Following the recent hookers and blow scandal which tarnished the Drug Enforcement Administration, it was just announced by Attorney General Eric Holder that head of the DEA Michele Leonhart will retire next month. The latest scandal is just the most prominent of a long series of scandals, most of which were compiled in this report from the Drug Policy Alliance. The Drug Policy Alliance had an inside scoop on Leonhart’s pending departure, having dropped this press release just hours before. Among the factors that may have played a part in Leonhart’s “retirement” which the DPA cited:
- The Department of Justice’s Office of the Inspector General currently has six open investigations into numerous DEA scandals, including the massacre of civilians in Honduras, the use of NSA data to both spy on virtually all Americans and to systematically fabricate evidence, and controversial uses of confidential informants.
- A series of recent investigations by USA Today found that the DEA has been tracking billions of U.S. phone calls without warrants or even suspicion of wrong-doing, an operation copied by the NSA and other agencies after 9/11. The DEA built the modern surveillance state.
- DEA Administrator Michele Leonhart herself has been at the center of several scandals, including the House of Death scandal in which the DEA may have turned a blind eye to torture and murder, and the Andrew Chambers scandal, in which the DEA rehired a confidential informant with a history of lying.
- DEA conflicts with Obama administration policy. Last year, Leonhart publicly rebuked President Obama for admitting that marijuana is as safe as alcohol, told members of Congress that the DEA will continue to go after marijuana even in states where it is legal despite DOJ guidance stating otherwise, and spoke out against bipartisan drug sentencing reform in Congress that the Obama administration is supporting.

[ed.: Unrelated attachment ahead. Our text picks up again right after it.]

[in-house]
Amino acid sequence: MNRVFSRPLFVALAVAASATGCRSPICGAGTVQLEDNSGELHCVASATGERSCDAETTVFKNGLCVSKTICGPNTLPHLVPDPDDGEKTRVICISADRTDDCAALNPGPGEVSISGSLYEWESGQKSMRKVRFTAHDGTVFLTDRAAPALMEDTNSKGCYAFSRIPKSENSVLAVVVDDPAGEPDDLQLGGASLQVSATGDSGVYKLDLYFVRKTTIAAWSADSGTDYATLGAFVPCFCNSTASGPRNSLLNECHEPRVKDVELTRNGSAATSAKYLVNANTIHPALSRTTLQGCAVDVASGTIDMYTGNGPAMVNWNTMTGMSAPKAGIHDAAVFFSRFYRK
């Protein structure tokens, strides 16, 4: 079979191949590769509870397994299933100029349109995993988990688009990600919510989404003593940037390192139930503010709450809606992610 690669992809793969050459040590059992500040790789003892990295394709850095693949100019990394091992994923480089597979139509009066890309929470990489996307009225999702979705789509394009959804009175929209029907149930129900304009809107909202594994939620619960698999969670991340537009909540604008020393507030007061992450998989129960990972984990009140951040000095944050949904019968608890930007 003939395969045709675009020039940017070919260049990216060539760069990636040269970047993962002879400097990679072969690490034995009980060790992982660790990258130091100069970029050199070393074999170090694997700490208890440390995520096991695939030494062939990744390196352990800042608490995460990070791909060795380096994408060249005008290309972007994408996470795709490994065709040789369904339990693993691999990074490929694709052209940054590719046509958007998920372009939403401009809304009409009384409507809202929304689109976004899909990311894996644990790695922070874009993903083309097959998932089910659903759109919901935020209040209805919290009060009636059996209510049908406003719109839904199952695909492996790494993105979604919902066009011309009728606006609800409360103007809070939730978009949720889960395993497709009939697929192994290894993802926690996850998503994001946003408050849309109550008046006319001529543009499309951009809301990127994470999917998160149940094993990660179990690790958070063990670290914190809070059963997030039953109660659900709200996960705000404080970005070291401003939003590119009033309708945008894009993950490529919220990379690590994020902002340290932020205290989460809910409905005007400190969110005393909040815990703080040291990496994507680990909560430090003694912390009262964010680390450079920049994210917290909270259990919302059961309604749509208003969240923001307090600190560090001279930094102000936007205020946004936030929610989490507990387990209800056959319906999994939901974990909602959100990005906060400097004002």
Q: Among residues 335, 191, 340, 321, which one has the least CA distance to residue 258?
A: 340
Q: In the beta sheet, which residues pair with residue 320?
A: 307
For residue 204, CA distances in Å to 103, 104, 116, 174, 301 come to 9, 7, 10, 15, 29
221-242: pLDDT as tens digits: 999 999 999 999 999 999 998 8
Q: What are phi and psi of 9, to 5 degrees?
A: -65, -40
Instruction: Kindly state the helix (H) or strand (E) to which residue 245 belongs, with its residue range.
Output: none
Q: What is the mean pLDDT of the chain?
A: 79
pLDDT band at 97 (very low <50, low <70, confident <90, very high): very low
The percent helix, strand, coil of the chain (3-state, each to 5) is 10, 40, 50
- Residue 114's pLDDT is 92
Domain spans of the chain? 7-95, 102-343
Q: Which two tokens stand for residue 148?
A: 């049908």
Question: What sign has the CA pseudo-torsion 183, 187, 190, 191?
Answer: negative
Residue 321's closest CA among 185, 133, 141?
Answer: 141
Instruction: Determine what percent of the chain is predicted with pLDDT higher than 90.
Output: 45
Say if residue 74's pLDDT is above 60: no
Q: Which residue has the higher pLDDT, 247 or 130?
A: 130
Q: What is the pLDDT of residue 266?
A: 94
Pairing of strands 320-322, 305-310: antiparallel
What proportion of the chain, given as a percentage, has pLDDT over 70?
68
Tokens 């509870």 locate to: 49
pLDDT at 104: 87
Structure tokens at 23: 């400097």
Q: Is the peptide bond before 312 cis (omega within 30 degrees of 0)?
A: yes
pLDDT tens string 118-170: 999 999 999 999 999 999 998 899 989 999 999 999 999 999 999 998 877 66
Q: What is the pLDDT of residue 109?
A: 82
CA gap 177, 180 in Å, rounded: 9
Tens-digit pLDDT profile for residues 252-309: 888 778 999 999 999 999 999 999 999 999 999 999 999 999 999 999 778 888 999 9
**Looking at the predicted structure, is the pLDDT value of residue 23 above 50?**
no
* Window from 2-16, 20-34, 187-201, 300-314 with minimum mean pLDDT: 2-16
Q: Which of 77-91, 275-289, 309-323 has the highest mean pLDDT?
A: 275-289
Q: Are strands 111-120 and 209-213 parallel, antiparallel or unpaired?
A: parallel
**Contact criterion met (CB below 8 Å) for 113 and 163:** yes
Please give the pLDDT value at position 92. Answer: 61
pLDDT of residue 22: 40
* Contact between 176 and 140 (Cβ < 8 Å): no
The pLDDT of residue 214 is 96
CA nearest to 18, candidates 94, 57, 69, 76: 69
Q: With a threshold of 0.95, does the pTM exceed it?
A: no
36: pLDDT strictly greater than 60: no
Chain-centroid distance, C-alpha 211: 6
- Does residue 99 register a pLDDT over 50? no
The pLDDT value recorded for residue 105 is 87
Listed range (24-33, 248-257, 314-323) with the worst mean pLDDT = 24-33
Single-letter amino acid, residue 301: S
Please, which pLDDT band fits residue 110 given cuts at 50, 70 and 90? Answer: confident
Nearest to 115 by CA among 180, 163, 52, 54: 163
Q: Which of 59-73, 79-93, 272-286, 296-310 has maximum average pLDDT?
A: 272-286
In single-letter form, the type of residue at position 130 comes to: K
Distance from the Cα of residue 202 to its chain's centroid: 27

- Last May, The DEA created a political firestorm this week when it seized seeds bound for a Kentucky hemp research program that was approved by Congress. Then Minority Leader Mitch McConnell (R-KY) called the incident “an outrage” and the Kentucky Agriculture Department sued the DEA.
- The DEA’s refusal to acknowledge science. DEA Administrator Michele Leonhart has on several occasions ignored science and overruled the DEA’s own administrative law judges on medical issues relating to marijuana. In a bizarre 2012 debate with members of Congress Leonhart refused repeatedly to acknowledge that marijuana is safer than cocaine and heroin.
While the announcement is a victory for anti-Drug War activists (and anyone in favor of a rational, ethical and effective drug policy based on facts), we can only hope that the new DEA head is not of the same mindset as Leonhart or worse.